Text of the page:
TAP excavations on the Tayinat Citadel.
(Photograph by Tim Harrison)
Science Daily is reporting that an archaeological team from the University of Toronto has discovered a temple in Turkey that sheds light on the transition between the Late Bronze Age and the Early Iron Age. According to the report, the temple was built in the 10th/9th-centuries B.C., the same time Solomon was ruling in Jerusalem.
According to the report, the discovery by the Tayinat Archaeological Project (TAP) “casts doubt upon the traditional view that the transition from the Late Bronze Age to the Early Iron Age was violent, sudden and culturally disruptive.” The following is an excerpt from the article published by Science Daily:
Ancient sources — such as the Homeric epics and the Hebrew Bible — depict an era of widespread famine, ethnic conflict and population movement, most famously including the migrations of the Sea Peoples (or biblical Philistines) and the Israelites. This is thought to have precipitated a prolonged Dark Age marked by cultural decline and ethnic strife during the early centuries of the Iron Age. But recent discoveries — including the Tayinat excavations — have revealed that some ruling dynasties survived the collapse of the great Bronze Age powers.
"Our ongoing excavations have not only begun to uncover extensive remains from this Dark Age, but the emerging archaeological picture suggests that during this period Tayinat was the capital of a powerful kingdom, the ‘Land of Palastin’," says Timothy Harrison, professor of Near Eastern Archaeology at the University of Toronto and the director of the project. "Intriguingly, the early Iron Age settlement at Tayinat shows evidence of strong cultural connections, if not the direct presence of foreign settlers, from the Aegean world, the traditional homeland of the Sea Peoples."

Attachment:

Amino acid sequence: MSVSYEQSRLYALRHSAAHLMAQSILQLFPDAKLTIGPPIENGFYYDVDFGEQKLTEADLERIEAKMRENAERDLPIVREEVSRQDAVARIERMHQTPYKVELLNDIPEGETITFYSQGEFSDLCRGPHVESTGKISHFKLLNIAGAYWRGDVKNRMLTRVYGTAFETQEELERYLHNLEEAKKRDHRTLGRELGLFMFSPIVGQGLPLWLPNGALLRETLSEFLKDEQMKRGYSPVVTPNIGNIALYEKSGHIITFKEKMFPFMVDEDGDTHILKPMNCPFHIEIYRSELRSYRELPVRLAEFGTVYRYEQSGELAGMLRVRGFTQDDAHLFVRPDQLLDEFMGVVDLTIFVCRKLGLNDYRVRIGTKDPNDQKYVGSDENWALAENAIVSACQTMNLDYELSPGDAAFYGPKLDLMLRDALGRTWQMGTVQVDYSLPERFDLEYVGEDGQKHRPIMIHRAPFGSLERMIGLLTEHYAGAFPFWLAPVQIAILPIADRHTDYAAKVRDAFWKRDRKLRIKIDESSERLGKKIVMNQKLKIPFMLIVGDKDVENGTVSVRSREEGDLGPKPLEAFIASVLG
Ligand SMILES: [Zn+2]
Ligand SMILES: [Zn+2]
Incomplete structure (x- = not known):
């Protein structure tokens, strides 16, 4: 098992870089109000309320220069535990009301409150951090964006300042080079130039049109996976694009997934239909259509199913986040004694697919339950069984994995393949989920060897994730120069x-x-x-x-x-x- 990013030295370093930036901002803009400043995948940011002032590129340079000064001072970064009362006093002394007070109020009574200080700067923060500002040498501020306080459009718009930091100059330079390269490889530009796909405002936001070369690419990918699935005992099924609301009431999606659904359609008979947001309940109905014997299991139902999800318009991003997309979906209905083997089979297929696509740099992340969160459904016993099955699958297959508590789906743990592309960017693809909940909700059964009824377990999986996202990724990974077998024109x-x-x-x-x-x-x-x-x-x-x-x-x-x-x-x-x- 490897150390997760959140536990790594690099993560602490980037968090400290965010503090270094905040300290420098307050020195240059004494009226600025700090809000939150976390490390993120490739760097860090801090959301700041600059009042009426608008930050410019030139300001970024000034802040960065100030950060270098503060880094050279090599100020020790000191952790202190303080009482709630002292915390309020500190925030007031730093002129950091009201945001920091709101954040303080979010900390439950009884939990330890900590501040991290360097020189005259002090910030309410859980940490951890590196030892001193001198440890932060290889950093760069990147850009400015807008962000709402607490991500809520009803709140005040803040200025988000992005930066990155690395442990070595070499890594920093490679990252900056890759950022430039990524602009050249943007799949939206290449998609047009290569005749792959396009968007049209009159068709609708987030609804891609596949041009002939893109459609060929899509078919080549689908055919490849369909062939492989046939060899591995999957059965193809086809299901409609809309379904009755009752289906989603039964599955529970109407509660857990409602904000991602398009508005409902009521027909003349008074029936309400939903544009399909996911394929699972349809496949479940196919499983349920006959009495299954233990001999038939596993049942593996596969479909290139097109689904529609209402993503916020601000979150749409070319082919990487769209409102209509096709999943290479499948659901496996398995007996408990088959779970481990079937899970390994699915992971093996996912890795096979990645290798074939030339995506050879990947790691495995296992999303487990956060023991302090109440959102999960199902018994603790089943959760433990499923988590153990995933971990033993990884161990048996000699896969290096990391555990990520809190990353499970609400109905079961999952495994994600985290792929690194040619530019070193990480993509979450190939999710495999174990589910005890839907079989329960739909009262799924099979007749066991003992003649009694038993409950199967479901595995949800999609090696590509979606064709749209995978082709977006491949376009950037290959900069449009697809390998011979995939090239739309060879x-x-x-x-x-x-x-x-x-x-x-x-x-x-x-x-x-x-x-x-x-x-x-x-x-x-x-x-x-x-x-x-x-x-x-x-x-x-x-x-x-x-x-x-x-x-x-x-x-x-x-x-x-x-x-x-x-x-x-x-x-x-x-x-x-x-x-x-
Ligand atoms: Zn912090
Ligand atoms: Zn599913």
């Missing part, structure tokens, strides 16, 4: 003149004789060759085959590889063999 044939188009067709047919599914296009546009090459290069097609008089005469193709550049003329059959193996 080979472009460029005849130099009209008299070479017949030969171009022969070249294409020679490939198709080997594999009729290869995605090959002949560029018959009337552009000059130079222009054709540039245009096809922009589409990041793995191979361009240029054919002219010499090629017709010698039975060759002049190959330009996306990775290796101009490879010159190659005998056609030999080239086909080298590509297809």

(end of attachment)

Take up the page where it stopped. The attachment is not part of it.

The statement, “that during this period Tayinat was the capital of a powerful kingdom, the ‘Land of Palastin,’” is very intriguing because it confirms the presence of the Sea Peoples, especially the Philistines, in Asia Minor a few centuries after they entered the land of Canaan.
The report also says that the archaeological team from the University of Toronto will focus their excavation in 2009 (which begins on July 1) on the temple’s inner sanctuary, “the 'holy of holies.”
It is hoped that this year’s excavation will shed light on Tayinat and the presence of the “Palastin” in that region.
Note: for additional pictures of the site, visit the TAP webpage.
HT: Jim West and Duane Smith
Professor of Old Testament
Northern Baptist Seminary
Tags: Archaeology, Philistines, Tayinat